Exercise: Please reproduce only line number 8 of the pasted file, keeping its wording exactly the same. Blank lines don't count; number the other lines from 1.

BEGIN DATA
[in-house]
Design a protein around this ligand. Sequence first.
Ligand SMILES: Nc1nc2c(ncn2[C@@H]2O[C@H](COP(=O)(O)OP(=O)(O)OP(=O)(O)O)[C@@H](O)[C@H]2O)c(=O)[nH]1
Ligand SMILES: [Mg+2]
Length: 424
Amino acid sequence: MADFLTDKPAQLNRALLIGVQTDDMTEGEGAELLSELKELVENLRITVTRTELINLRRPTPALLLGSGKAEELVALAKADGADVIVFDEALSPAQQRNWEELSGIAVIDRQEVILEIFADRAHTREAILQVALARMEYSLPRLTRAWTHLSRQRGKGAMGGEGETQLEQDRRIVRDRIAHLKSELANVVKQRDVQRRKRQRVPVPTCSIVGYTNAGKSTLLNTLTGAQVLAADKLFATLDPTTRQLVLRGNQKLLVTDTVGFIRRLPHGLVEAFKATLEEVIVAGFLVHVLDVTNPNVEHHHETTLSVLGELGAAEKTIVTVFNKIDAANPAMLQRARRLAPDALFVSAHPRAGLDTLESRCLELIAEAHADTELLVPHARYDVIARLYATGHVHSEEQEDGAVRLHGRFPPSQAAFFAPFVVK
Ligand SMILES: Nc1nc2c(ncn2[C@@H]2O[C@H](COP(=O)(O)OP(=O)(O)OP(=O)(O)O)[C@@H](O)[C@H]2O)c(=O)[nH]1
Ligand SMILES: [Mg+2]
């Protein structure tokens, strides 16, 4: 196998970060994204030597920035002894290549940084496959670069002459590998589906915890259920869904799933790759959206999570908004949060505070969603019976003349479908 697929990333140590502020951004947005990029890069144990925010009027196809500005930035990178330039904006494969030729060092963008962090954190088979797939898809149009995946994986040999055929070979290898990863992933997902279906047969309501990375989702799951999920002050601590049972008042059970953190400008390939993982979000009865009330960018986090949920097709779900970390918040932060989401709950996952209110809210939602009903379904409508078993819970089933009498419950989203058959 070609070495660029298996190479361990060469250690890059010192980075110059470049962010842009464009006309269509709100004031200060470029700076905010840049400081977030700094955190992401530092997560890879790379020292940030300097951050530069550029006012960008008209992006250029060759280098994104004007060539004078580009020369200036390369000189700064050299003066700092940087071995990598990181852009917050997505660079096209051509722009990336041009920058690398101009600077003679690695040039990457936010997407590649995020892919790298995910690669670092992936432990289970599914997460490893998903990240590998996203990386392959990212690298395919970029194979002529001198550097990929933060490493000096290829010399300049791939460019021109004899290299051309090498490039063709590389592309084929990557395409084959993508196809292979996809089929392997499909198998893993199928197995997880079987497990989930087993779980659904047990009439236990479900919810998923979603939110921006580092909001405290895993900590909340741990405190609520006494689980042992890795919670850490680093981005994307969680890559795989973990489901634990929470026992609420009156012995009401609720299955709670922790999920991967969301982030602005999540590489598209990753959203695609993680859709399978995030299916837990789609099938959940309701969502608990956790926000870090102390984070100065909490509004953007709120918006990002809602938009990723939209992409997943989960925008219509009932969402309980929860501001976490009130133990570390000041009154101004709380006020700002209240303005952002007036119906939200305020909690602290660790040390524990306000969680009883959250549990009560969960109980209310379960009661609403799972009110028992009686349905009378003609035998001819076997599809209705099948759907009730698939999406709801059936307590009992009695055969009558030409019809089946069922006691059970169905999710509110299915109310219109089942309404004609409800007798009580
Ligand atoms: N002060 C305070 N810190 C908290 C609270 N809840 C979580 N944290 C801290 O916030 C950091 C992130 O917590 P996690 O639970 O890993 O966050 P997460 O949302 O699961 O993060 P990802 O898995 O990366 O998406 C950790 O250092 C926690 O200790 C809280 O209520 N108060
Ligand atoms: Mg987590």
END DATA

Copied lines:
Ligand SMILES: [Mg+2]